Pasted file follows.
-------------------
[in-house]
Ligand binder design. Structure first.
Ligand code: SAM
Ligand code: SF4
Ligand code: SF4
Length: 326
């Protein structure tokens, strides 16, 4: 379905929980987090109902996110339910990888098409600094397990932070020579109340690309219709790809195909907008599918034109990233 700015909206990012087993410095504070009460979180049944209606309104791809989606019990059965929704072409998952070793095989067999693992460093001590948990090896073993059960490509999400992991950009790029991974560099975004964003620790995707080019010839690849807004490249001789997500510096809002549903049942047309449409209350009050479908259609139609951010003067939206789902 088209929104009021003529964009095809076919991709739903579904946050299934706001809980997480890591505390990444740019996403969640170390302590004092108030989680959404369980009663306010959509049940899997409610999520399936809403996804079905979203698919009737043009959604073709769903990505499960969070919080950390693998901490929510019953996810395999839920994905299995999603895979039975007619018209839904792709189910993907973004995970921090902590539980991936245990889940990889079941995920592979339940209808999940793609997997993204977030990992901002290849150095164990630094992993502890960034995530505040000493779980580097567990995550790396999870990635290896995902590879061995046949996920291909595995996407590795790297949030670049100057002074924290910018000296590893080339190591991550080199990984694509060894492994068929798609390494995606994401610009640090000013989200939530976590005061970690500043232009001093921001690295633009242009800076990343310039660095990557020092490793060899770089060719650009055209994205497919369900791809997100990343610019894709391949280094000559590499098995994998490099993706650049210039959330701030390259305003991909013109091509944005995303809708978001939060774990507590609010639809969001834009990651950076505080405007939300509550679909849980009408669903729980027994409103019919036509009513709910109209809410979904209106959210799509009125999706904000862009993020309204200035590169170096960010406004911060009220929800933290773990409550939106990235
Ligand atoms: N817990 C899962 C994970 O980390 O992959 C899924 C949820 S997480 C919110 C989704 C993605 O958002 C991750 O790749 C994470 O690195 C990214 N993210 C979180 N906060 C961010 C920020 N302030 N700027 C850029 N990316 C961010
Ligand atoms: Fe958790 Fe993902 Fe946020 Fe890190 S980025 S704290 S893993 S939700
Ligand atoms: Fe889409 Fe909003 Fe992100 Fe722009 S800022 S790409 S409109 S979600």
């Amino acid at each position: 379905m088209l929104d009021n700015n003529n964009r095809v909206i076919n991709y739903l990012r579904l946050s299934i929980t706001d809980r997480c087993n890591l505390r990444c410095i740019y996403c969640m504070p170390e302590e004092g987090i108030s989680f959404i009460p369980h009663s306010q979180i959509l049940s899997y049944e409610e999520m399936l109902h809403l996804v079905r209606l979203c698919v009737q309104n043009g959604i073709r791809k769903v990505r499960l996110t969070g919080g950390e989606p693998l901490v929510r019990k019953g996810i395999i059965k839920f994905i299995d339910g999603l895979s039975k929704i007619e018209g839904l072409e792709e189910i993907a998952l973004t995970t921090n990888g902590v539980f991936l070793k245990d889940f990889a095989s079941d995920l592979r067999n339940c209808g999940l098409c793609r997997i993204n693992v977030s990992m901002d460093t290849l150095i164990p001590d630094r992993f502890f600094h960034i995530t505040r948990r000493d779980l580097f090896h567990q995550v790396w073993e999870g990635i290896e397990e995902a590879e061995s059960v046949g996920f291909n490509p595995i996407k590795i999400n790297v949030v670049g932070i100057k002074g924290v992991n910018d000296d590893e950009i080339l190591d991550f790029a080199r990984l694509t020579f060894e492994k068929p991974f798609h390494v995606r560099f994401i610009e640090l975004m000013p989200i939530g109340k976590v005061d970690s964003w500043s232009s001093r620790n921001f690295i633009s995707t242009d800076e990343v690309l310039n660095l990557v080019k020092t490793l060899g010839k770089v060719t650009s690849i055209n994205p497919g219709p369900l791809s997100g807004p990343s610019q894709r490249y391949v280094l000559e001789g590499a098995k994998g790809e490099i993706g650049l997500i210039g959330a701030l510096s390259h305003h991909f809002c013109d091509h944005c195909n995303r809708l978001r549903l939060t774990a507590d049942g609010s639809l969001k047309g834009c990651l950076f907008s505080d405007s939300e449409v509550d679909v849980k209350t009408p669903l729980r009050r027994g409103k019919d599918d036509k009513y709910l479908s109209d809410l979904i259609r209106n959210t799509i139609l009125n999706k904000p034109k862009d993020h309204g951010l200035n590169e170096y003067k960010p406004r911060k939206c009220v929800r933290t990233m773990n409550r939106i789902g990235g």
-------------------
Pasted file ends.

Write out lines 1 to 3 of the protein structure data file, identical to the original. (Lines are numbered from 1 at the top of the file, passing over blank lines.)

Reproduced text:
[in-house]
Ligand binder design. Structure first.
Ligand code: SAM